It seems Clint Bowyer finally has decided whether he will stay with Richard Childress Racing or move over to Michael Waltrip's team.
The envelope, please:
Michael Waltrip Racing it is.
All signs point in that direction. Waltrip has scheduled a news conference at Kansas Speedway on Friday to discuss "the future of Michael Waltrip Racing," going on to imply that the Bowyer contract is all but a done deal.
"I feel good about everything we're doing,'' Waltrip said at Dover International Speedway last week.
Bowyer, in the final year of his contract with RCR, will give the Waltrip team three full-time Sprint Cup teams in 2012, joining David Reutimann and Martin Truex Jr.
Bowyer has spent all six of his Cup seasons at RCR, winning four races and making the Chase three times. The partnership unraveled because of sponsorship issues.
"It's definitely going to change the look of (RCR)," RCR driver Kevin Harvick told NASCAR.com. "I think Clint was a good asset for us because he was competitive on a weekly basis, so he brings something to the table. ... He's a good friend of mine and we've been through a lot together, so it's not something that I look at that's real positive.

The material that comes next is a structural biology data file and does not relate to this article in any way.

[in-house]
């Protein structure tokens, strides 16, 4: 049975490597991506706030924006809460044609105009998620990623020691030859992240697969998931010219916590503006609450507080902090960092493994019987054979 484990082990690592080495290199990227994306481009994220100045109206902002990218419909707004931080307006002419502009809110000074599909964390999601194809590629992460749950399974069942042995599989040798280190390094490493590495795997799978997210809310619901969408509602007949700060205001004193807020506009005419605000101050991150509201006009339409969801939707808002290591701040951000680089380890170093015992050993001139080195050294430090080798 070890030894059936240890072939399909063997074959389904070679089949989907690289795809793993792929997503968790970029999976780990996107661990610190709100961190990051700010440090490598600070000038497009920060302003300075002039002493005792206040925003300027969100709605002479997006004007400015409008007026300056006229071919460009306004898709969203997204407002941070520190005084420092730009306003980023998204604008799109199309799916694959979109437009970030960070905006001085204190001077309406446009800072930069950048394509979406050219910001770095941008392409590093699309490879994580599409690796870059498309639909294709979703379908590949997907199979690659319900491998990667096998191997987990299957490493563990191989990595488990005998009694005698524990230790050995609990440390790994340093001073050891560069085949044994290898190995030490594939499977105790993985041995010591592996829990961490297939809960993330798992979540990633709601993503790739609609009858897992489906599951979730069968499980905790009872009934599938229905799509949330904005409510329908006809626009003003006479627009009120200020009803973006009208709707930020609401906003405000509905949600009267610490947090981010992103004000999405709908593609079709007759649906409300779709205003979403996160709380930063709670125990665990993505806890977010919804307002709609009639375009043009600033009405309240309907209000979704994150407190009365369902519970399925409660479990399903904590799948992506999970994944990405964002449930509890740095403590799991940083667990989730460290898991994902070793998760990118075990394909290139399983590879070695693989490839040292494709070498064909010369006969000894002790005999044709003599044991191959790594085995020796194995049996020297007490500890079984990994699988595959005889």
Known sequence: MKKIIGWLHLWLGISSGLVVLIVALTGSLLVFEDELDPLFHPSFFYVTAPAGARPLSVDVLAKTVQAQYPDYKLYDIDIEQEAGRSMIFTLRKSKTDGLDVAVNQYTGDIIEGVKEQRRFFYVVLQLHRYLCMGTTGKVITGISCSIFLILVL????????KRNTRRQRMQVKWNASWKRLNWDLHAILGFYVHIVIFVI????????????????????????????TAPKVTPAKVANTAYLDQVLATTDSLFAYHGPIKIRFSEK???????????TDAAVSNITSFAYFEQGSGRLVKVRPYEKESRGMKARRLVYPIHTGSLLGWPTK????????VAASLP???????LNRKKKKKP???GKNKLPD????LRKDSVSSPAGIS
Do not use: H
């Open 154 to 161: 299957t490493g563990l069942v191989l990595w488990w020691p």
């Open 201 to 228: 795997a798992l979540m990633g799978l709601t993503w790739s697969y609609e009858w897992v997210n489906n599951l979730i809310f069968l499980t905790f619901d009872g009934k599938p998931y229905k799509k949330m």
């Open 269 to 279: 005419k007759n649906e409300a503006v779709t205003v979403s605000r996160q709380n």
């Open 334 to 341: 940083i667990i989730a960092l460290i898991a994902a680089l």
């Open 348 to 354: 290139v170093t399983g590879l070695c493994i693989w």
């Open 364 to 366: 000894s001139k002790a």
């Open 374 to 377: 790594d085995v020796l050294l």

"But sometimes in this sport, sponsorship and circumstances dictate things happening that you don't really have a lot of control over."
Tough time: Sad news from a family that has dealt with its share of tragedy: Pattie Petty, the wife of former NASCAR driver and TV analyst Kyle Petty, is battling Parkinson's disease. Petty, 60, has suspected she has been dealing with the disease since early 2010. She is undergoing treatment at University of Kansas Hospital.
"I am relieved that my family and I are confident in my diagnosis and can focus on the work we have ahead of us to live with Parkinson's disease," she said.
Red Bull back? Red Bull's on-and-off romance with NASCAR appears to be on the upswing. X Games star and Red Bull athlete Travis Pastrana said over the weekend that Red Bull may sponsor a car in the Sprint Cup Series next season. "(Red Bull) wants to sponsor a team, as opposed to the Formula 1 setup where they own the team," Pastrana said.Copyright © 2015, The Baltimore Sun